What It Feels Like To Be Relentlessly Bullied

by Elizabeth Broadbent
Originally Published: 
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I stood on the edge of the cornfield. I felt hands swoop me up, throw me into the mud. I landed on my face in the furrowed Pennsylvania earth. I spat dirt. They also threw my hat and mittens, my coat. Later, I was still so mud-soggy the nurse wanted me to change into school-issued pants. Bullying means you never know what’s coming up behind you.

I walked to the classroom’s coat closet. My sister had lent me her special coat, the red one with the fur inside. I had sworn to take good care of it. A few rows of desks away, I saw Anna swipe something—the coat!—off a hanger. It puddled to the floor, and I watch her regard it for a moment, then stomp. Her boots left dusty footprints on the puffy red fabric. I told the teacher. She didn’t much care. I cried while I rubbed the footprints off, while I made sure the fur wasn’t damaged. My sister was going to kill me. I’d talked too much about how special it was, and the bullies got to it. Bullying means you can’t have nice things.

I didn’t have any friends, really—no one to sit with or talk to when it wasn’t by necessity. Because I had no friends, I had no one to tell me to shave my legs. We all wore skirts. Sarah and some of the boys said I looked like a gorilla. I shaved that night and had to come to school with a giant gash down my shin bone. They laughed and laughed. Bullying means you can’t win.

One summer, I had a gray shirt with an English Setter on it. We had one, and I loved her. I liked the shirt. But I knew that someone would call me a dog if I wore it. Bullying means you start to self-censor.

That same summer, I played with a friend who had a brother my age. He always tormented me when I went over to their house. One day, he started hitting me between my legs with a stick. I held my hands there to defend myself. “Why are you touching yourself? Why are you touching yourself?” Sean jeered. Bullying means when you help yourself, you lose.

High school was more of the same. Some girls developed an elaborate ruse that I was dating the hottie of my dreams. I thought I had a cool boyfriend for two days, though of course he didn’t talk to me. The girls feigned concern. They sent a deputization to the boy’s table. They came back with one of the hot boy’s friends, who loudly proclaimed, “Ryan isn’t dating you, Lizzie. He never was.” The girls laughed behind their hands and set me up, for real this time, with the most unpopular boy in the class. They egged me on to kiss him. I didn’t like him. But I felt like I had to. They laughed and laughed and laughed. I finally had the sense to find another lunch table. Bullying means you can’t trust anyone.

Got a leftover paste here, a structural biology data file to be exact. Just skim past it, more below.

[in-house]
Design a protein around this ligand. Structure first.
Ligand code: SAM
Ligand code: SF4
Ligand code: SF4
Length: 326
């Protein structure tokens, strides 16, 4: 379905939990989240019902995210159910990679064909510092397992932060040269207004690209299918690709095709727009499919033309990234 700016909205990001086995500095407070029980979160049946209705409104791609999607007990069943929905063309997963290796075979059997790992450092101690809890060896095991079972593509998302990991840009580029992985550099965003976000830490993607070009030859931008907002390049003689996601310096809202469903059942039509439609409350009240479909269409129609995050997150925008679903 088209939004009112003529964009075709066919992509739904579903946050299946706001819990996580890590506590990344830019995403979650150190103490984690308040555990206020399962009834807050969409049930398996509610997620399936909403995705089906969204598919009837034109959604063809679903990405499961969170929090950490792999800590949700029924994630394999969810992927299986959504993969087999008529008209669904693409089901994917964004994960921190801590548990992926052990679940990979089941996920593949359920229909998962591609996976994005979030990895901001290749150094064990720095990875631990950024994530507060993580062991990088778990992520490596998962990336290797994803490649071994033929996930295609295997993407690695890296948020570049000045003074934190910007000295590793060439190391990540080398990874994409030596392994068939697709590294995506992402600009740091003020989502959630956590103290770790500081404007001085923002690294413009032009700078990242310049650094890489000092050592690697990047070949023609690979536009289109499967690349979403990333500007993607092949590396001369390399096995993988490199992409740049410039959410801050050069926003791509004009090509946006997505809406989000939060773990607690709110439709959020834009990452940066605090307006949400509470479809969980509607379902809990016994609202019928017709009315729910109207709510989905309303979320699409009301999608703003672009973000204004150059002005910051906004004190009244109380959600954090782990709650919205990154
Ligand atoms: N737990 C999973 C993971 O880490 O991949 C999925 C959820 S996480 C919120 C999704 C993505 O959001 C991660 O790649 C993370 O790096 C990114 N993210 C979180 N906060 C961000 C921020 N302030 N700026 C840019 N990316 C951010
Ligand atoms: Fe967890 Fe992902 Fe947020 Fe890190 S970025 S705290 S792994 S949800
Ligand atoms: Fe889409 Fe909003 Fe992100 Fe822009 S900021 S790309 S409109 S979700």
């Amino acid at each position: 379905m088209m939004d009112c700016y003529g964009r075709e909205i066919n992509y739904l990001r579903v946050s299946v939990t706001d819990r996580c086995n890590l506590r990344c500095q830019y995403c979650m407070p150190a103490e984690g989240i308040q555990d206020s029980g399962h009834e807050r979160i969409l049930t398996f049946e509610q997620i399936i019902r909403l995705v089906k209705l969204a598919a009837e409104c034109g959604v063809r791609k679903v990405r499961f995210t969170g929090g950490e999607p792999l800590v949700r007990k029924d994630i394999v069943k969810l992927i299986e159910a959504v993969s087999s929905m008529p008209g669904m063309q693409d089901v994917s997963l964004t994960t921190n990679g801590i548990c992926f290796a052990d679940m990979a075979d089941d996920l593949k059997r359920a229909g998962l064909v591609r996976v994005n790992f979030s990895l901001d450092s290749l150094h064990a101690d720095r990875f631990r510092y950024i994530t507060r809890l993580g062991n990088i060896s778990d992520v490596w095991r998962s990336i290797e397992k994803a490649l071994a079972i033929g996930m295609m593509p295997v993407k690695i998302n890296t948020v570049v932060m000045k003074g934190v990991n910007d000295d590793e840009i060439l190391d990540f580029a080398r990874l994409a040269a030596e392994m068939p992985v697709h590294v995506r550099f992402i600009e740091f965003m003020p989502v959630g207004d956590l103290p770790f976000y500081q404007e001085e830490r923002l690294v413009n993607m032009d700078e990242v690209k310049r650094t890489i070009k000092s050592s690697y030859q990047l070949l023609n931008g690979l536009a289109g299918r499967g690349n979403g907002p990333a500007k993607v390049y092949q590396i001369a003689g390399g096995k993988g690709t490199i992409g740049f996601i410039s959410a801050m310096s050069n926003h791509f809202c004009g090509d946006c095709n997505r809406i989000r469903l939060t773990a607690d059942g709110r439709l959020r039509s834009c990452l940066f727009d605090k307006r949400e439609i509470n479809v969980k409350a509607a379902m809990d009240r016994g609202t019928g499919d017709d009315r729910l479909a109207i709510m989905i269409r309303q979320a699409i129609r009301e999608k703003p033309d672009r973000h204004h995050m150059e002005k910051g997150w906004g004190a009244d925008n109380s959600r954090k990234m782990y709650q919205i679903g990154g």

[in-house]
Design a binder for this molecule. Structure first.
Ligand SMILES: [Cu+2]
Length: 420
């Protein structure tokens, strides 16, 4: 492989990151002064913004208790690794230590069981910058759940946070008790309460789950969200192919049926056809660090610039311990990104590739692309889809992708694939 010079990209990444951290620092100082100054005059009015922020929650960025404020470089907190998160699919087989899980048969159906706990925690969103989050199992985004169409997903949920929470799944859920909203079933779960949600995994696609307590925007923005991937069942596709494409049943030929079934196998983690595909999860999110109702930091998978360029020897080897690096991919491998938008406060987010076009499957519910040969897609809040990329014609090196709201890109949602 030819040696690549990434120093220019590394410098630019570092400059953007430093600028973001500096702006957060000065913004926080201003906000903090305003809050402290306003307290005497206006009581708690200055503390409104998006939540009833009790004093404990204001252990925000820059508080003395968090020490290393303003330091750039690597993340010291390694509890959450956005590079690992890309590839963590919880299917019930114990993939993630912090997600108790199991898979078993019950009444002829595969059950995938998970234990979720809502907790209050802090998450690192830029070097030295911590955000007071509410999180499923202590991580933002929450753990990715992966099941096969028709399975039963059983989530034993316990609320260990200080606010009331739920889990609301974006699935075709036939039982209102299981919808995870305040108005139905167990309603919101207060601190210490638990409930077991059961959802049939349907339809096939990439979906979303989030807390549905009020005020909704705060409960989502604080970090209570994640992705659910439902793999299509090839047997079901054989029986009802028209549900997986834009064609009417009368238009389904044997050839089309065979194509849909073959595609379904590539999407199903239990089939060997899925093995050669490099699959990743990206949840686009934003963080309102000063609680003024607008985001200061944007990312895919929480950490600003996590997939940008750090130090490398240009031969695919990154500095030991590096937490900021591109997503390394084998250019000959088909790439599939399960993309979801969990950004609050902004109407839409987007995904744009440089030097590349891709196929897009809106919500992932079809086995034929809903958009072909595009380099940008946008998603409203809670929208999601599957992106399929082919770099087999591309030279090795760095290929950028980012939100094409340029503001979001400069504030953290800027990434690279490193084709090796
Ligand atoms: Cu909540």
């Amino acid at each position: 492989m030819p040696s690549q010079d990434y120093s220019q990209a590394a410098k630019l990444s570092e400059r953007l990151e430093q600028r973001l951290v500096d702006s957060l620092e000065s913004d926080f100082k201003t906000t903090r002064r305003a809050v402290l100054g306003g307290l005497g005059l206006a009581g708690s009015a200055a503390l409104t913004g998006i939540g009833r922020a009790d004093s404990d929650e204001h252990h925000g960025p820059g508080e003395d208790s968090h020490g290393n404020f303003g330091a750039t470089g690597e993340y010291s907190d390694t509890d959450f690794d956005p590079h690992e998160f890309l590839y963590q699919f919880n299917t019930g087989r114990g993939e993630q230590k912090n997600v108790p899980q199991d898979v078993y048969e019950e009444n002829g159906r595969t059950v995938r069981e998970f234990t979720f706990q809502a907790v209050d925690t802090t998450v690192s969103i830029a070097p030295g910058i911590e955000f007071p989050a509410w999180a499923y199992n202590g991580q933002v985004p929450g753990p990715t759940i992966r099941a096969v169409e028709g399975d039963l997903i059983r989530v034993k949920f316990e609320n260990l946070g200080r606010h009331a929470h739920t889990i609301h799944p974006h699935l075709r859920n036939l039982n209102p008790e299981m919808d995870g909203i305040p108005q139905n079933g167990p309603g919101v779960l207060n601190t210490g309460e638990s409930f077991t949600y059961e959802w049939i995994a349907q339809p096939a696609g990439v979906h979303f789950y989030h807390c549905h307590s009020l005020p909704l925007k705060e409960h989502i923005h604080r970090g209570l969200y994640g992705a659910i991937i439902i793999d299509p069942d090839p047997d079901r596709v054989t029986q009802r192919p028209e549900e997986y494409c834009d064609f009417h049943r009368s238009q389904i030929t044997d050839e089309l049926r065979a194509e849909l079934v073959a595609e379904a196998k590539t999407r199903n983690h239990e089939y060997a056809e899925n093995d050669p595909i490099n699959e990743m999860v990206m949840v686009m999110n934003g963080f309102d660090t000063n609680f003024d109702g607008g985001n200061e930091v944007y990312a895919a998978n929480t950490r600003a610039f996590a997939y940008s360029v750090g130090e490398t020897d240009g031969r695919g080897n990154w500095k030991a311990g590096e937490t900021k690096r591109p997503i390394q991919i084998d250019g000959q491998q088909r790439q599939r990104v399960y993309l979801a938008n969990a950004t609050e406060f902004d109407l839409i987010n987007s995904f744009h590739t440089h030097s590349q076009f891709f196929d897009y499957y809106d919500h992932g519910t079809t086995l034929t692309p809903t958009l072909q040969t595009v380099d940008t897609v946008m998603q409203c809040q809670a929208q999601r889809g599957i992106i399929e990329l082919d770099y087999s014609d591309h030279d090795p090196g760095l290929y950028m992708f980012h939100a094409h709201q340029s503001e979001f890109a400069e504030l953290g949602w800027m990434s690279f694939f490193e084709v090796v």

One morning, I was sitting in class, talking to a friend. Allen suddenly yelled, “Shut up, Lizzie, you’re ugly!” As if someone’s appearance dictated their right to talk and as if I fell into that category. There’s nothing worse for a 14-year-old girl than being called ugly. Bullying means you live in self-doubt.

Another afternoon, we were preparing for a Latin test. Michael, the boy in front of me by dint of fate and alphabetical order, turned around and wrote “LEZZIE” on my paper. I slapped him across the face, and we were both sent to the office. Bullying means it’s not OK to be gay, even though I’m straight. Bullying means you can’t defend yourself without repercussions.

This was part of a concerted campaign. Spitballs flew across the classroom—how typical and how brutal! I was called ugly all the time. One boy and his friends had zeroed in on me as a target. Bullying means one against many.

One friend said that another was mad at me and no longer liked me. I spent days thinking I’d lost one of my best friends. I’d have done anything to make that end, and it did, in the form of a purple-penned letter with idiosyncratic high school penmanship. The letter didn’t address the past few days. It pretended they never existed. Bullying means you never know when your friends will turn on you.

I was regularly victimized from the time I was 7 through high school. One of the only people who dared defend me was Derine Teal—who did so at great risk to herself. I’ve always remembered her courage, especially against the faces that turned away, the teachers who told me to stop tattling. Derine helped. Bullying means you don’t have to stand by. Bullying means you can speak up.

The world needs more Derines. We need more people to speak up and say, “That’s wrong, this is unfair, that’s hurting someone, stop, stop now.” We can be that change. We can be that person. Because more than anything else, bullying means you don’t have to be silent.

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